Is Your Laboratory Recession Proof?

How will your lab thrive through a recession?

Setting aside politics and personal party affiliations, or even individual thoughts on the economy; there will be some belt-tightening in the coming months for most companies—especially smaller businesses without as much liquidity as more giant corporations.

While it seems like a great segue into touting the value of our services, this is not the point of this email. There are many ways to conserve resources, and that is what I’d like to focus on below.

In the past decades, there has been a lot of focus on cutting back on the resources used in the offices and laboratories we all work in. It’s easy to forget the small changes that can save a lot in the long term. Here are some of the ways we have seen businesses reduce waste:


  • Pre-mix solvents only when required
  • Do not make large batches of solvents unless it is sure to be used up before expiration
  • Always cover solvent containers
  • Calculate the volume of solvent that will be used for a sequence, to reduce volumes placed in solvent bottles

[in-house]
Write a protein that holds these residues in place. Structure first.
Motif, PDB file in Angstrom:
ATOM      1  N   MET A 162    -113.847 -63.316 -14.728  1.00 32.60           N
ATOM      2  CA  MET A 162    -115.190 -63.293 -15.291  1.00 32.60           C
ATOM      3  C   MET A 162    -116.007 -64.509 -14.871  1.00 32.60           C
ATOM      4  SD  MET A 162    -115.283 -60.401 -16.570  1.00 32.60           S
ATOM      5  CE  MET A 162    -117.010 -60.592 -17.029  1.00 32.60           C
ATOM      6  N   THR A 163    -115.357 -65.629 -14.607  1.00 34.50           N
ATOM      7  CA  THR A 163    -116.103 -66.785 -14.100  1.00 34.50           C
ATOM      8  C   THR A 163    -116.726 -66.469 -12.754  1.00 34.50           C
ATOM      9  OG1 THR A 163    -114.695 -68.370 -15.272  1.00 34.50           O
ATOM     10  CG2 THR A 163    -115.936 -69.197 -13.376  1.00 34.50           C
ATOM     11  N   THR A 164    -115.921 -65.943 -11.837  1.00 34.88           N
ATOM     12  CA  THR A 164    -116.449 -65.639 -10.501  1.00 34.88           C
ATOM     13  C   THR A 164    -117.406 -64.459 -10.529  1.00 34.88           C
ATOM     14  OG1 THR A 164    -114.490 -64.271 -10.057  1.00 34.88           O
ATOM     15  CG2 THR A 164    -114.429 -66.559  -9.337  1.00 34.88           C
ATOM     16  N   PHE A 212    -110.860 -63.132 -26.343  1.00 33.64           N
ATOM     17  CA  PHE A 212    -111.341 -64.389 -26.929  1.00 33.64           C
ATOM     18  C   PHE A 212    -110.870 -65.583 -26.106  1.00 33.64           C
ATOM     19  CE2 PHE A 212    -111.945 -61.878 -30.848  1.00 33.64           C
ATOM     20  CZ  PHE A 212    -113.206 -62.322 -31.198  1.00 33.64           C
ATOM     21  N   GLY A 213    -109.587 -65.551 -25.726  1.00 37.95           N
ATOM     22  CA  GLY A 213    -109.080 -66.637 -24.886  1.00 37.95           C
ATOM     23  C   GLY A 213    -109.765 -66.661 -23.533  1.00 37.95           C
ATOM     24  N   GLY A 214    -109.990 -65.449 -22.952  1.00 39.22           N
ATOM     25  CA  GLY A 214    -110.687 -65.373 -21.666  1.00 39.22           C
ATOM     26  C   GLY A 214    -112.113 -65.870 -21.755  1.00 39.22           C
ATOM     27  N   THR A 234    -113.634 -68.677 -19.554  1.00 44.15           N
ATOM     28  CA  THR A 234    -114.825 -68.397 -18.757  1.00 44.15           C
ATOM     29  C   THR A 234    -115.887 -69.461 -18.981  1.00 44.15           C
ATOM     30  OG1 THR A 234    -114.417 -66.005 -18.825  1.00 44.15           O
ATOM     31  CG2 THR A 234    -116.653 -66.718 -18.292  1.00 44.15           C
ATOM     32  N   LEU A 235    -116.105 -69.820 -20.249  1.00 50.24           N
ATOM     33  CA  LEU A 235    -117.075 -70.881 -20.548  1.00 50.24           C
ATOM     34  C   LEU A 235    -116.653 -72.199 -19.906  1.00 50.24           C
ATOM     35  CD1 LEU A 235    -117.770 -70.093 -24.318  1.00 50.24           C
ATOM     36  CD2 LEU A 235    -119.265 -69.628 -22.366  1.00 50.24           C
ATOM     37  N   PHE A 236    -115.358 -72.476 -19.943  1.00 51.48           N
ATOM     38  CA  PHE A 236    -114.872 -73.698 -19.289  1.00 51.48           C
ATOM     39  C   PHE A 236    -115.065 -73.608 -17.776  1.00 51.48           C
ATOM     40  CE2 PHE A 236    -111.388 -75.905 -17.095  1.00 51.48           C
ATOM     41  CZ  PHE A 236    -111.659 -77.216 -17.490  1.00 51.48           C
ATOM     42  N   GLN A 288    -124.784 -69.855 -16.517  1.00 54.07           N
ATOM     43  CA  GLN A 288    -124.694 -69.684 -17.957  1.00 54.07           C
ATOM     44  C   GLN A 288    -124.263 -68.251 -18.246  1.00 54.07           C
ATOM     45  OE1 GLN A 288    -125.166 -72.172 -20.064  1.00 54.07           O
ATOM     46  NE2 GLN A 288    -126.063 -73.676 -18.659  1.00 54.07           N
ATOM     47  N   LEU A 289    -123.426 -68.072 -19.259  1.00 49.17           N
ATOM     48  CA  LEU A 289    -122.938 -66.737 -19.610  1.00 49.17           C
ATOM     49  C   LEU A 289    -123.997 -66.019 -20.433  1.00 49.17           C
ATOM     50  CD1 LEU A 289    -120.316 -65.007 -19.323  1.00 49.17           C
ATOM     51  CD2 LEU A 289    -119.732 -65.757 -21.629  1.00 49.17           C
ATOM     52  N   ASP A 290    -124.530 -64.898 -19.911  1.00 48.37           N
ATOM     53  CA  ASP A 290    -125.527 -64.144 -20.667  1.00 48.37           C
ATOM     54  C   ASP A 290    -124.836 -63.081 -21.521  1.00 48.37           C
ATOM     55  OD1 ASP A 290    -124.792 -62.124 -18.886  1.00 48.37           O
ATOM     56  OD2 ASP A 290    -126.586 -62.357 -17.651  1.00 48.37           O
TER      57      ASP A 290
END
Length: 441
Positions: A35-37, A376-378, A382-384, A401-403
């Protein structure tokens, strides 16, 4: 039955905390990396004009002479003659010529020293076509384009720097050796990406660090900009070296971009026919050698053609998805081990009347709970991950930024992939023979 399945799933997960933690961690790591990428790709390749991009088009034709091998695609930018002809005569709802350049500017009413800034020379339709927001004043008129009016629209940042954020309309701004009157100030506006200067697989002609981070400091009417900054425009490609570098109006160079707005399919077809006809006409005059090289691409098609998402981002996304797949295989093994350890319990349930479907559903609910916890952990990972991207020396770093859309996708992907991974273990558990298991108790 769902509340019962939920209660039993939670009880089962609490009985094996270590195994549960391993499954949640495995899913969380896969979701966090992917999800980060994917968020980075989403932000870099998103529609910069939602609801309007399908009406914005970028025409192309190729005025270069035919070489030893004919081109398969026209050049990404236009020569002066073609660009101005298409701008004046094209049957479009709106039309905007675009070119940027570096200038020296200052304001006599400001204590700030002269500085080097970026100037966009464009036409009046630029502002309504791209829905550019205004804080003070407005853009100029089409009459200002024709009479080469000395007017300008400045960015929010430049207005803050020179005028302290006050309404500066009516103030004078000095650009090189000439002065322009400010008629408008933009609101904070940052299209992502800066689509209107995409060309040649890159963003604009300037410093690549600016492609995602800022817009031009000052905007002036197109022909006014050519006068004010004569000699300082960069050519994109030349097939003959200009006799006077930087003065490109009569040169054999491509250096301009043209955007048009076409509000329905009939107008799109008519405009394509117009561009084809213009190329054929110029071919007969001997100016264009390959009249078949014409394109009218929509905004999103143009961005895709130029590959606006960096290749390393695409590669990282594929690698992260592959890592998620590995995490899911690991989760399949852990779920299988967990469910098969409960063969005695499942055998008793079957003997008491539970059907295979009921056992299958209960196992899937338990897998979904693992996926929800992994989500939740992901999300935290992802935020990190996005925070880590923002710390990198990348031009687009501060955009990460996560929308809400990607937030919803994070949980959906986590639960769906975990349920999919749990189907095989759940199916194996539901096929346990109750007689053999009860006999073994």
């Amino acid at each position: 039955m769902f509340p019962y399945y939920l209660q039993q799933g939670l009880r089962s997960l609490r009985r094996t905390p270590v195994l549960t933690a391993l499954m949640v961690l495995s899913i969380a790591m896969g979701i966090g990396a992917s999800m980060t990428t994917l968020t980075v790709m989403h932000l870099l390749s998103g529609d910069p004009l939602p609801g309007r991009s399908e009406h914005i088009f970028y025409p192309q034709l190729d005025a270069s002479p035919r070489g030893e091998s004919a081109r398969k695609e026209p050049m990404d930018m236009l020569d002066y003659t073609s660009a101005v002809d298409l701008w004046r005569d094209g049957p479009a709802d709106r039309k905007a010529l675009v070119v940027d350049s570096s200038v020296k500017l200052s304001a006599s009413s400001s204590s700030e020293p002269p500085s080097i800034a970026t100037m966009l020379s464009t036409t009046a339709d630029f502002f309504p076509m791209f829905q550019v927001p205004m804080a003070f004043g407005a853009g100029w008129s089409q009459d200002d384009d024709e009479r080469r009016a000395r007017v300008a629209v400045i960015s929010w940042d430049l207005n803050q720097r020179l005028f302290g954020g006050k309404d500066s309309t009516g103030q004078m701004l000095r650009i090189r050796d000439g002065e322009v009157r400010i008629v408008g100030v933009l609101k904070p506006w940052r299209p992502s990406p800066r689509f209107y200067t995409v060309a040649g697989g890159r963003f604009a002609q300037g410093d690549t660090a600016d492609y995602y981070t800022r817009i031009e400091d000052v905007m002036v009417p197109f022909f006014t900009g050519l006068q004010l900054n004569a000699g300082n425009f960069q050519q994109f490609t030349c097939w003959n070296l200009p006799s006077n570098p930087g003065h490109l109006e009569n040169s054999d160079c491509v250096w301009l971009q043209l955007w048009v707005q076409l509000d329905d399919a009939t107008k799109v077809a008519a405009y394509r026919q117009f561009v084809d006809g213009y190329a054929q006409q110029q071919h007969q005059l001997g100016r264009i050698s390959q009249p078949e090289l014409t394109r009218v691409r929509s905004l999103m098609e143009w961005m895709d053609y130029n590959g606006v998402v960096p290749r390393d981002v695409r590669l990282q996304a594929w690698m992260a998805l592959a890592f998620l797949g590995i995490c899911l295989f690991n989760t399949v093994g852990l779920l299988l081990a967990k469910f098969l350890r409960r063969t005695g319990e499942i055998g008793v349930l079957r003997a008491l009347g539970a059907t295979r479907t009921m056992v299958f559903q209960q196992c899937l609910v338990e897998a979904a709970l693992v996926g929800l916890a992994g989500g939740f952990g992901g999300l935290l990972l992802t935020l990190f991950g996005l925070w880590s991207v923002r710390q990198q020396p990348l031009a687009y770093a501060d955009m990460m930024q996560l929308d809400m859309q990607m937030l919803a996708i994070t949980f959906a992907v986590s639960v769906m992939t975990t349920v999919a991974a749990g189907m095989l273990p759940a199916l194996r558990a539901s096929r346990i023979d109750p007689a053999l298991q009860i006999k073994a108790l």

• Use shutdown methods
  • If possible, reuse waste solvents elsewhere
  • Do not draw more RO/18 Ohm water than needed
  • Fill glassware washers full before starting


  • Turn any applicable systems off over the weekend or when not in use for extended periods
  • Transfer GC methods over to hydrogen, if possible (not as scary as you would think)
  • Set shutdown methods
  • Use gas saver options
  • Check all gas lines for any leaks (especially older labs)
  • Consider gas generators


  • Shut systems/equipment off whenever possible, especially over the weekend
  • Turn temps down for systems that cannot be turned off
  • Turn off any Peltier systems/units while not in use
  • All lights should have motion sensors
  • All PCs should be powered down and/or using power management practices (Keeping in mind most laboratory software does not like some sleep settings. especially turning off the HDD)
  • While many of the above may seem like commonplace procedures, you’d be surprised how few labs practice them. And there are bound to be other ideas that your coworkers/staff can implement fairly easily.

These are all small opportunities for your lab/business to save big for the next several quarters of economic uncertainty. Hopefully, you can put some of them in place and they will make a positive impact on you.

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